The Case of Anthony Elonis: US Supreme Court to Decide on Social Media and Free Speech
There’s one way to love you
but a thousand ways to kill you.
I’m not going to rest
until your body is a mess,
soaked in blood and dying from all the little cuts.
Hurry up and die, b—-,
so I can bust this nut all over your corpse from atop your shallow grave
Little Agent Lady stood so close
Took all the strength I had not to turn the b—-
Pull my knife, flick my wrist, and slit her throat
– Extracts from the facebook page of Anthony Elonis aka Tone Dougie
Anthony Elonis claimed he was only venting frustration when he posted a series of graphically violent rap lyrics on his facebook page about killing his estranged wife, shooting up a kindergarten class and attacking an FBI agent. Elonis aka Tone Dougie claimed he is an amateur rapper inspired by multi-Grammy Award winner Eminem/Slim Shady/Marshall Mathers and that his raps were “therapeutic efforts to address traumatic events” such as his wife leaving him and taking their children with her and his employer firing him.
However a jury did not agree with Elonis and convicted him of violating 18 U.S.C. § 875(c), which reads as follows:
“18 U.S. Code § 875 – Interstate communications
(c) Whoever transmits in interstate or foreign commerce any communication containing any threat to kidnap any person or any threat to injure the person of another, shall be fined under this title or imprisoned not more than five years, or both.”
The jury was instructed that it could convict Elonis if a reasonable reader would “objectively” interpret his Facebook posts as threats; even if Elonis subjectively never intended to make a threat or hurt anyone. Elonis was sentenced to 44 months of prison plus 3 years probation.
The 3rd Circuit Court of Appeals, looking at Elonis’ case, held that if a statement causes a reasonable person to fear for her safety, that’s a true threat.
The matter is now before the US Supreme Court, which will primarily consider whether a potentially threatening statement posted on social media should be interpreted “objectively” (what the reader/listener reasonably perceived) or “subjectively” (what the social media user meant to say) and the extent to which such speech is protected by the First Amendment of the US Constitution.
In Kenya, Article 33 of the Constitution guarantees the right to freedom of expression but the same has limitations and does not extend to propaganda for war, incitement to violence, hate speech or advocacy of hatred that constitutes ethnic incitement, vilification of others or incitement to cause hard; or is based on any ground of discrimination specified or contemplated under Article 24 of the Constitution. In this regard, it is important to note that Article 33(3) clearly states that in the exercise of the right to freedom of expression, every person shall respect the rights and reputation of others.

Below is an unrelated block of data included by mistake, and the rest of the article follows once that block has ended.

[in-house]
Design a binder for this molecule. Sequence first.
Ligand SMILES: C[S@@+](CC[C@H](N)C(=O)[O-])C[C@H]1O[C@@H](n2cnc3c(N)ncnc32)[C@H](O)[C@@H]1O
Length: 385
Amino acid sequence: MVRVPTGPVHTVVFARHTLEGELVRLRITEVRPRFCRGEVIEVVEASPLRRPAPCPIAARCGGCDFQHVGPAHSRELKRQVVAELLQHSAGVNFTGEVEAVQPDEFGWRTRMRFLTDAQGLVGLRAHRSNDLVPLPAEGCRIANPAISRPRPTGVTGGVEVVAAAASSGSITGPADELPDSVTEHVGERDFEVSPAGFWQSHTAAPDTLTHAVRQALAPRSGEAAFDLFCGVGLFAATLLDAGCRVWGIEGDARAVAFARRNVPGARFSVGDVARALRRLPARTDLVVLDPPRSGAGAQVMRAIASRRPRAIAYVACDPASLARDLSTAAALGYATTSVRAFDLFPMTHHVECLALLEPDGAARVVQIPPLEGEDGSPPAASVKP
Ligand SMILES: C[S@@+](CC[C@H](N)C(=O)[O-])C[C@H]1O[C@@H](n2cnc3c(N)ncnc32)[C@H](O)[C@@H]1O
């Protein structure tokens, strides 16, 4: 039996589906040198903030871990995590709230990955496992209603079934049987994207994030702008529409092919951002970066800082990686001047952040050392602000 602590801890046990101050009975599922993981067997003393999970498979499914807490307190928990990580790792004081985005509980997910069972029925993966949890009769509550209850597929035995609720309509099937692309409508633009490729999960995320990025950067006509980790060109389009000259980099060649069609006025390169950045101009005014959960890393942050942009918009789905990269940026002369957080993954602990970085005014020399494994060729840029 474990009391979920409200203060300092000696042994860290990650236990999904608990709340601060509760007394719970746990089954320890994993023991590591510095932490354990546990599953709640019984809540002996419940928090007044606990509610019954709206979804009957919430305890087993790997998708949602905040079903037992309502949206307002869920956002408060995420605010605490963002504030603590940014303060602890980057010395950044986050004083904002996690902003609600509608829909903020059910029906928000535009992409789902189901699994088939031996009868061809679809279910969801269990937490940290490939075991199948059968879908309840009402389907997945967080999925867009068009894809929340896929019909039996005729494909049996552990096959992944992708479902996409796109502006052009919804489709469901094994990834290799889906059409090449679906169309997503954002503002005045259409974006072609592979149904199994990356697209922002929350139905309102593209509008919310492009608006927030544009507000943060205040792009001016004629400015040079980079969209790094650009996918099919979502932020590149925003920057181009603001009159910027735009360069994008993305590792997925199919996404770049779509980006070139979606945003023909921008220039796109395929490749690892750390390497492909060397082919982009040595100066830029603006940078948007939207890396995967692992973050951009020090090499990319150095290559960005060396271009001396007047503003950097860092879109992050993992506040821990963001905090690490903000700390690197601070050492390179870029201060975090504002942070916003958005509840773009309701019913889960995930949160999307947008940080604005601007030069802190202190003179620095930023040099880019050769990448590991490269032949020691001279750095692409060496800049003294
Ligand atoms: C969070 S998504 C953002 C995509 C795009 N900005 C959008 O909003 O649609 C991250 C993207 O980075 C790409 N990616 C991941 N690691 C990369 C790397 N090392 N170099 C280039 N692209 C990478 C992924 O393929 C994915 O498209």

Kenya has several laws that criminalise the use of threatening, abusive or insulting words. One such law is the National Cohesion and Integration Act (NCI Act) of 2008. Section 13 of the NCI Act reads as follows:
“13. Hate speech
(1) A person who—
(a) uses threatening, abusive or insulting words or behaviour, or displays any written material;
(b) publishes or distributes written material;
(c) presents or directs the performance the public performance of a play;
(d) distributes, shows or plays, a recording of visual images; or
(e) provides, produces or directs a programme,
which is threatening, abusive or insulting or involves the use of threatening, abusive or insulting words or behavior commits an offence if such person intends thereby to stir up ethnic hatred, or having regard to all the circumstances, ethnic hatred is likely to be stirred up.
(2) Any person who commits an offence under this section shall be liable to a fine not exceeding one million shillings or to imprisonment for a term not exceeding three years or to both.”
The use of the word “or” in this provision is quite problematic. It suggests that either a subjective or an objective test may be used to determine whether or not published material amounts to hate speech.
However there is a Kenyan legislative example that supports Elonis’ case for a subjective approach namely the Prevention of Terrorism Act of 2012. Section 27 of the Act reads as follows:
“27. A person who publishes, distributes or otherwise avails information intending to directly or indirectly incite another person or a group of persons to carry out a terrorist act commits an offence and is liable, on conviction, to imprisonment for a term not exceeding thirty years.”
In this blogger’s view, the wording of 18 U.S. Code § 875 lends itself to an objective approach therefore it would be interesting to examine the reasoning of the US Supreme Court, if it decides to read in a subjective approach in the interpretation of what constitutes a threat contained in a social media publication.